When diving into microservices take one step at a time. Design a platform and infrastructure required to run the microservices, as they need a more advanced approach to deploying and monitoring. Most often, microservices are deployed on container orchestrators like Kubernetes, Docker Swarm or Mesos, which provides a lot of flexibility in defining how the services are going to be deployed, run and monitored. You can also consider using service mesh frameworks (e.g. Istio, Conduit), that allow for a lot of useful configuration settings that are very useful for microservice projects.

 

You can take one of the two paths when starting your microservice journey. 

 

Firstly you can peel off one of the components of the existing monolith. Pick the one that can be easily cut off and moved to a separate service. And then gradually continue to decompose chunk by chunk the entire thing to migrate it completely into microservices. 

 

The other route is to build new functionalities with new microservices on top of the pre-existing monolith. This kind of approach keeps the old system intact and builds a new infrastructure around it. It’s especially a good way to go when your current system is somewhat bulky or kind of old and it’s not entirely clear how exactly it works. In such a case, often it seems to a good idea to build the new functionalities around the monolith.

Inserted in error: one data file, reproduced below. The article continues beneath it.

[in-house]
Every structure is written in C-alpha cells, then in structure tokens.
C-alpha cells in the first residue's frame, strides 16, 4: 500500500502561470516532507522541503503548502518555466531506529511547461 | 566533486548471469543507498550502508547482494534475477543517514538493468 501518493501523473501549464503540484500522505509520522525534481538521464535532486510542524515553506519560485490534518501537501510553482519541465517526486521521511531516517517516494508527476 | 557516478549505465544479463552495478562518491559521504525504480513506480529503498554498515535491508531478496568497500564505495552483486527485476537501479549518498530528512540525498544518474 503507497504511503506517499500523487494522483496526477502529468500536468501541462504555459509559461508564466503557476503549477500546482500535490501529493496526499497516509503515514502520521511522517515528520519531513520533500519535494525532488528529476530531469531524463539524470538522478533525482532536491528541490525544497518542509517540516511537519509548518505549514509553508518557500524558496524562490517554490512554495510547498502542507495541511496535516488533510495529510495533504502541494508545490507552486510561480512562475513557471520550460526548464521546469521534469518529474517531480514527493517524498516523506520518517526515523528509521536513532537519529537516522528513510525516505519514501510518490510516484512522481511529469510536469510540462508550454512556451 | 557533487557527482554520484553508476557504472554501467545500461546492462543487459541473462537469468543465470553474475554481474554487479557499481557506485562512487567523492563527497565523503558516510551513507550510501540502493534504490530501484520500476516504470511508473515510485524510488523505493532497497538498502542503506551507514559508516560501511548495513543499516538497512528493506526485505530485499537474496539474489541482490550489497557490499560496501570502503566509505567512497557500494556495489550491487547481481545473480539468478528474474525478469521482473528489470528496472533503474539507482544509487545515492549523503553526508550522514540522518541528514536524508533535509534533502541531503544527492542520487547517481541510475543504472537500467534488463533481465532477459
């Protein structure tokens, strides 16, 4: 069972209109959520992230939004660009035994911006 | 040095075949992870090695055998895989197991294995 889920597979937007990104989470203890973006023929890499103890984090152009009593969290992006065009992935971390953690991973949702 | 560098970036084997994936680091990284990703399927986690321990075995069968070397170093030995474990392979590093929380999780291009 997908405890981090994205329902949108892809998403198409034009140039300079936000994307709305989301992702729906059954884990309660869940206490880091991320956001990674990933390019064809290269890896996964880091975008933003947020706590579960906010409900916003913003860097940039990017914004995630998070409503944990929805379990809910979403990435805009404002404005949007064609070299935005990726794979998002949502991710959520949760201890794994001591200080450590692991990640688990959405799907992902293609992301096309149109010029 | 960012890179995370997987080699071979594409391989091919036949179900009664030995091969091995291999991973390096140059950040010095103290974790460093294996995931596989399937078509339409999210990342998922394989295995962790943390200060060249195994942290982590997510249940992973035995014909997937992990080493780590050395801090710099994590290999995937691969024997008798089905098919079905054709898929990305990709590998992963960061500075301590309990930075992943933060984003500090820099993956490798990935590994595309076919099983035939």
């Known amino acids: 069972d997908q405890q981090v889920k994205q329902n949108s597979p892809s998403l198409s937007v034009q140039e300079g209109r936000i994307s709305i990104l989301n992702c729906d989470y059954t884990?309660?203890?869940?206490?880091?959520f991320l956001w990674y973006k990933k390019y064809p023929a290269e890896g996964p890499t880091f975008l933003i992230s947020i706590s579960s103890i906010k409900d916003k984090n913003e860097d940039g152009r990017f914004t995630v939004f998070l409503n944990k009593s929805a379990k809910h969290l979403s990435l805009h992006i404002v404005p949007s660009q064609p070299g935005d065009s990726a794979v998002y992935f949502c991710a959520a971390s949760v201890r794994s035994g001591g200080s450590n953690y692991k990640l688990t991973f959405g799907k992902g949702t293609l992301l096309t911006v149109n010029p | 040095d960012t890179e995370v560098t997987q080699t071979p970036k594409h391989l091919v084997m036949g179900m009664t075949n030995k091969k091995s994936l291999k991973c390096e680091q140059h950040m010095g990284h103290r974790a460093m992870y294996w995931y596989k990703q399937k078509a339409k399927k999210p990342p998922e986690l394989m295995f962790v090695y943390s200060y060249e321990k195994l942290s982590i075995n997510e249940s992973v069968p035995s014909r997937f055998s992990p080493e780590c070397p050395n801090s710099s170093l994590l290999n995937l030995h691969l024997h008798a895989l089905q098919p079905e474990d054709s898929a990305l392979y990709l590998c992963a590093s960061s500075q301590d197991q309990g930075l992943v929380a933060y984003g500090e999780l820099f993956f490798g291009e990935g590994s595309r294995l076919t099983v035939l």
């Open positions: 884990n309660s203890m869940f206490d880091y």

No matter which path you will take it is crucial to establish a communication channel. Proper information exchange between the old monolith and a new microservice ecosystem is critical for the whole system to work properly. The recommended way of doing that is to make monolith microservice-aware and have it “play nicely with the new entities. But this is not always possible. It really depends on the monolith’s original structure. 

 

The first steps are always the hardest. That’s why it is important not to dive head-first when approaching this subject. Let your engineering team learn from their first microservice development. Sometimes it might mean learning from their own mistakes. Allocate some additional time to monitor the code. Revise the key decisions regarding the design and implementation. This will make the proposed changes to the system much more valid. Often when starting a new project we tend to spend a bit more time on things that could have been done at a much faster pace when done in a more mature environment. But that’s really time completely wasted – just lesson learned.

Once the architecture and the approach of developing it have been battle-tested, validated and optimized, that’s when the time invested really pays off. The subsequent microservices can be built at a much faster pace by applying the framework that has been established in the beginning. To make the process even quicker, and cost-optimized at the same time, many companies decide to bring an external team on board. Often the entire process is being offshored to remote/external teams to optimize the transitioning ever further. There are countless success stories of this kind of approach for both startups and corporations.